Google and Harvard reveal the most detailed map of the human brain ever | CNN

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Ten years ago, Dr. Jeff Lichtman – professor of molecular and cellular biology at Harvard University – a small brain sample in his laboratory.

Although small, the 1 cubic millimeter of tissue was large enough to contain 57,000 cells, 230 millimeters of blood vessels and 150 million synapses.

“It was less than a grain of rice, but we started cutting it and looking at it, and it was really beautiful,” he said. “But as we collected the data, I realized we simply had way more than we could handle.”

In the end, Lichtman and his team had 1,400 terabytes of sampled data – roughly the contents of more than 1 billion books. Now, after a decade of close collaboration between the lab team and Google scientists, that data has turned into the most detailed map of a human brain sample ever created.

The brain sample came from a patient with severe epilepsy. It’s standard procedure, Lichtman said, to remove a small part of the brain to stop the seizures, and then look at the tissue to make sure it’s normal. “But it was anonymized, so I knew virtually nothing about the patient other than their age and gender,” he said.

To analyze the sample, Lichtman and his team first cut it into thin slices with a knife with a diamond blade edge. The sections were then embedded in a hard resin and again cut very thinly. “About 30 nanometers, or roughly one-thousandth the thickness of a human hair. “They were virtually invisible if we hadn’t stained them with heavy metals, which made them visible on electron imaging,” he said.

The team ended up with several thousand slices, which were picked up with a custom-made tape, creating a kind of film strip: “If you take a photo of each of those sections and align those photos, you get a three-dimensional piece of the brain microscopically. level.”

Google Research & Lichtman Lab/Harvard University

The 3D image above shows excitatory neurons colored by their depth from the surface of the brain. Blue neurons are closest to the surface, and fuchsia marks the innermost layer.

That’s when the researchers realized they needed help with the data, because the resulting images would take up a significant amount of storage space.

Lichtman knew that Google was working on a digital map of a fruit fly’s brain, released in 2019, and that he had the right computer hardware for it. He contacted Viren Jain, a senior staff researcher at Google who worked on the fruit fly project.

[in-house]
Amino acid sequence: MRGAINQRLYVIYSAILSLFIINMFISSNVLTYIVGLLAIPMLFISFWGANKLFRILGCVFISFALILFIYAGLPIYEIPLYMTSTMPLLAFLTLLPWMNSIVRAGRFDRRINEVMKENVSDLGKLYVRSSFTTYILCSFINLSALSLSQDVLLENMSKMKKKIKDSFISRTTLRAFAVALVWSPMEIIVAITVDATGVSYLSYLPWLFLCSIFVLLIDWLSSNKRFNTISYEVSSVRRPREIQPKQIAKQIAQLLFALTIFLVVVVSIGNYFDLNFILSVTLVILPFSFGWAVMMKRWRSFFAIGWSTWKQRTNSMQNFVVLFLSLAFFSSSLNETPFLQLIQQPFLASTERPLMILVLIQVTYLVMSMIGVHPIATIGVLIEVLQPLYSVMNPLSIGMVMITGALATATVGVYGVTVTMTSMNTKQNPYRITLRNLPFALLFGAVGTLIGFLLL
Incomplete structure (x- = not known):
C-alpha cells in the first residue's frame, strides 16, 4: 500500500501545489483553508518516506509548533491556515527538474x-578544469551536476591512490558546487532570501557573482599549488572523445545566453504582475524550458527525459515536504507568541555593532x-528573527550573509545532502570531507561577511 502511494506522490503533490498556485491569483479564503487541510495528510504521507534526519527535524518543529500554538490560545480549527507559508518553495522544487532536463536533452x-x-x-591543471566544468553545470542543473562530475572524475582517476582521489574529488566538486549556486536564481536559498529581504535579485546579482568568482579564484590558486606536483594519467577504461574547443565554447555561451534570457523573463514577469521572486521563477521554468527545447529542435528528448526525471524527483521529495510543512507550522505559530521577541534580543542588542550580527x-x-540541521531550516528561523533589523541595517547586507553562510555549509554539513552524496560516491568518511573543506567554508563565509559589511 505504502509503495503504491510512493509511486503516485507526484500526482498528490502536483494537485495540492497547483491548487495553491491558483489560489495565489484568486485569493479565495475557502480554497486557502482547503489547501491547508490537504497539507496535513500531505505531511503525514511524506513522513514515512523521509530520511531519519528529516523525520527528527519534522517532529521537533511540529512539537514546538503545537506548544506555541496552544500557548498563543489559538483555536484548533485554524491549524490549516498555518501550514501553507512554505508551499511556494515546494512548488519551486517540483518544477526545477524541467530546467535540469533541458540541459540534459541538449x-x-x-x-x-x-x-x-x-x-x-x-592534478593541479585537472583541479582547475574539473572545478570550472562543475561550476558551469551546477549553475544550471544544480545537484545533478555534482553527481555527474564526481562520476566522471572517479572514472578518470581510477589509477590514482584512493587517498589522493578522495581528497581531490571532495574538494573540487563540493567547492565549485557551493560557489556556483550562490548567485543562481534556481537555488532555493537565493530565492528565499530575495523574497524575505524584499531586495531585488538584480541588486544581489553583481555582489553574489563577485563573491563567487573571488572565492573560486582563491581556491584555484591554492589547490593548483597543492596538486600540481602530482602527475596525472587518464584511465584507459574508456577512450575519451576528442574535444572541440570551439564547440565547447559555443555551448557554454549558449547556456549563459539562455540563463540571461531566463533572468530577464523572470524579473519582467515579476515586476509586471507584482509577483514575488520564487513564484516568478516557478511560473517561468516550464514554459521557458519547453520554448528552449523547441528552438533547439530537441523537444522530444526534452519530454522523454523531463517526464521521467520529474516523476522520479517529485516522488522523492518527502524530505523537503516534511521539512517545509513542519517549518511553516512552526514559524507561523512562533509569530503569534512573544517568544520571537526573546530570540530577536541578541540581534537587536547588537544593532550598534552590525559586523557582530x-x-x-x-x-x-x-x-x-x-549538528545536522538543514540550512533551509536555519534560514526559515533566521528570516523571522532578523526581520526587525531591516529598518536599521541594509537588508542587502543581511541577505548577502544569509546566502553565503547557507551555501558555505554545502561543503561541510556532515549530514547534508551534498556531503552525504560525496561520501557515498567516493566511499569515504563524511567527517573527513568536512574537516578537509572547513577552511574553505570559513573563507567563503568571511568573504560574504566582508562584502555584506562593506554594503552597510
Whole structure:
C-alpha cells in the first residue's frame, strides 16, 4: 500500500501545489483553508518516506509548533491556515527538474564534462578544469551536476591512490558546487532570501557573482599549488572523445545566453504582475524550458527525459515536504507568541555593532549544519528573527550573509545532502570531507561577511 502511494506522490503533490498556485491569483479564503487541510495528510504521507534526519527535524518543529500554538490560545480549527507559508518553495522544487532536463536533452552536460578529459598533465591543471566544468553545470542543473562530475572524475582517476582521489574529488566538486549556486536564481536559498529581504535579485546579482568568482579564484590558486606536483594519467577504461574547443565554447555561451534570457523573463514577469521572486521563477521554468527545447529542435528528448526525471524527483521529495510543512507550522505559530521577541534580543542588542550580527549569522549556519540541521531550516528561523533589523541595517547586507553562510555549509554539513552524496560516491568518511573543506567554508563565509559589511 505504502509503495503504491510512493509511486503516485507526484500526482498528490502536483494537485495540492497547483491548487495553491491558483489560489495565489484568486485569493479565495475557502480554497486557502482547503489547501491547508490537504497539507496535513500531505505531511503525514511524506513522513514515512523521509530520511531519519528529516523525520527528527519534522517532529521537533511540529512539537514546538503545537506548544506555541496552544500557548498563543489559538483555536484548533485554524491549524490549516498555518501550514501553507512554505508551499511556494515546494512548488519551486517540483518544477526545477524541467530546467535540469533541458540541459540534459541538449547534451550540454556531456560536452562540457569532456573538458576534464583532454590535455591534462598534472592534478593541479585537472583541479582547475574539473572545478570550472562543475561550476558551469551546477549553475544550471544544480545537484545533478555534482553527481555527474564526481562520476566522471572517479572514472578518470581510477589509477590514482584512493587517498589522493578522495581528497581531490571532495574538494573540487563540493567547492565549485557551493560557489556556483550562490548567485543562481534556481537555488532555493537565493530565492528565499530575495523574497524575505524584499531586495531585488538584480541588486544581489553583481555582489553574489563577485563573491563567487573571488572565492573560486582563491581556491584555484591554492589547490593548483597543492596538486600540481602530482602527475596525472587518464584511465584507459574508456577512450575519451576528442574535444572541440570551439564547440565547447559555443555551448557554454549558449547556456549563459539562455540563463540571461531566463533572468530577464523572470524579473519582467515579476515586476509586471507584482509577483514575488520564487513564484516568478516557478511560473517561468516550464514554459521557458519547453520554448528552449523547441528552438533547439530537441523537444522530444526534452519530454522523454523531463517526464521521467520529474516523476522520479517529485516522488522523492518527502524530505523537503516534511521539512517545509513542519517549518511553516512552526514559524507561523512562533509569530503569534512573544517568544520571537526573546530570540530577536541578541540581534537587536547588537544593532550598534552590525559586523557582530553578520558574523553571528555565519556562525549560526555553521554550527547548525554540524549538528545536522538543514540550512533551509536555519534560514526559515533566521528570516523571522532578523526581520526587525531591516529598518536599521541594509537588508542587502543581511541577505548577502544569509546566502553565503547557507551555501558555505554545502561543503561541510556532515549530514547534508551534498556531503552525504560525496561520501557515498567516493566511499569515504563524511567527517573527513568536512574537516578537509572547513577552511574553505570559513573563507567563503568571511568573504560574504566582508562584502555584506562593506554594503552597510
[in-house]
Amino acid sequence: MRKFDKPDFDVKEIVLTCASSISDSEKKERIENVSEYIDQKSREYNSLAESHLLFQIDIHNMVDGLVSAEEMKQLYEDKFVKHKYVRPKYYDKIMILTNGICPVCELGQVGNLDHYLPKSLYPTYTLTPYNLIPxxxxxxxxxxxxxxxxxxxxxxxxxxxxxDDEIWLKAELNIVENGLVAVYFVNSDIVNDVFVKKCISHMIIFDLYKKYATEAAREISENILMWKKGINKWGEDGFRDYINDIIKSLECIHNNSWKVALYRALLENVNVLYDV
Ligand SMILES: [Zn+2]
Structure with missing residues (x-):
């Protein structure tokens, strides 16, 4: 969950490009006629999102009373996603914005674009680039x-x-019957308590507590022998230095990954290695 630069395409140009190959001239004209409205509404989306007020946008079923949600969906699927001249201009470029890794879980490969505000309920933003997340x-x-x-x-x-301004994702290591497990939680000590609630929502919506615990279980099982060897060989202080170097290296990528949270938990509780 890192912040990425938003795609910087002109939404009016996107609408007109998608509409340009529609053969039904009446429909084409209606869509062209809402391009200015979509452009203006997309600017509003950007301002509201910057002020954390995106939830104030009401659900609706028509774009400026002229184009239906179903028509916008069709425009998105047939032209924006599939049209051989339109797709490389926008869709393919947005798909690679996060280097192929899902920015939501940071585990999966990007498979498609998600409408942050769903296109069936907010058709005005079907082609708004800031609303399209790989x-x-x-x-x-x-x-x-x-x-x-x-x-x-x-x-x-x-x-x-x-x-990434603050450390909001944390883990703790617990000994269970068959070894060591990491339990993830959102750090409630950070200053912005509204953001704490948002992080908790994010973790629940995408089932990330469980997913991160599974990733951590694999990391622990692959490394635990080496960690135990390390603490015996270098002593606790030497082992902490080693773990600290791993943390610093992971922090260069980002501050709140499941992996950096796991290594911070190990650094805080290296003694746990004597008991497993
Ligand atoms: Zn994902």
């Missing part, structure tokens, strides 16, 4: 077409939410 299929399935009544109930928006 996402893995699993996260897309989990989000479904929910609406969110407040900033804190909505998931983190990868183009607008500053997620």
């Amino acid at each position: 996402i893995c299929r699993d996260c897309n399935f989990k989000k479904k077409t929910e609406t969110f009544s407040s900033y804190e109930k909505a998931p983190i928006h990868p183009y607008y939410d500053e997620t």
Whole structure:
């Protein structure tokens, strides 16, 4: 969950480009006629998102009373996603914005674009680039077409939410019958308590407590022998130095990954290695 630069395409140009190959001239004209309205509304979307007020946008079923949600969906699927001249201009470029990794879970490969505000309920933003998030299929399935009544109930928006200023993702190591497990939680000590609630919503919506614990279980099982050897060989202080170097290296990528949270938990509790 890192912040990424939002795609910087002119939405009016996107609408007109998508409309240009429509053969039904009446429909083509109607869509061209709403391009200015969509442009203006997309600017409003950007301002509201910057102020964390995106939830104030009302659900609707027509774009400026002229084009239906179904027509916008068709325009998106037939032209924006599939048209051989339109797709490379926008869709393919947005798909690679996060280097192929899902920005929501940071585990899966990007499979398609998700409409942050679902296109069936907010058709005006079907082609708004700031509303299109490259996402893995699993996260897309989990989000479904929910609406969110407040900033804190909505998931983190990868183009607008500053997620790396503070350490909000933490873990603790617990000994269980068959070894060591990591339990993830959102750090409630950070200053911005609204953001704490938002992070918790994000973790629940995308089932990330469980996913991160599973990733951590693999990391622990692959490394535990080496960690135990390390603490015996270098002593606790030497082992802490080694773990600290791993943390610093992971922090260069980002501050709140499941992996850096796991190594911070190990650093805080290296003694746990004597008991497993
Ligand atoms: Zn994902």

“There were 300 million individual images (according to Harvard data),” Jain said. “What makes it so data-rich is that you’re taking images at a very high resolution, the level of an individual synapse. And there were 150 million synapses in that small piece of brain tissue alone.”

To understand the images, scientists from Google used AI-based processing and analysis, identifying what type of cells were in each image and how they were connected. The result is an interactive 3D model of the brain tissue and the largest dataset ever created at this resolution of a human brain structure. Google made it available online as “Neuroglancer,” and at the same time a study was published in the journal Science, with Lichtman and Jain as co-authors.

Understanding the brain

The collaboration between the Harvard and Google teams resulted in colorized images that make the individual components more visible but are otherwise a true representation of the tissue.

“The colors are completely random,” Jain explained, “but other than that, there’s not much artistic freedom here. The whole point of this is that we’re not making it up – these are the real neurons, the real wires that exist in this brain, and we’re really just making it convenient and accessible for biologists to view and study.”

The data contains some surprises. For example, instead of forming a single connection, pairs of neurons have more than fifty. “This is like if two houses on a block had fifty separate telephone lines connecting them. What’s happening there? Why are they so strongly connected? We don’t know yet what the function or significance of this phenomenon is, we will have to study it further,” he said.

Ultimately, observing the brain at this level of detail could help researchers understand unsolved medical conditions, Lichtman said.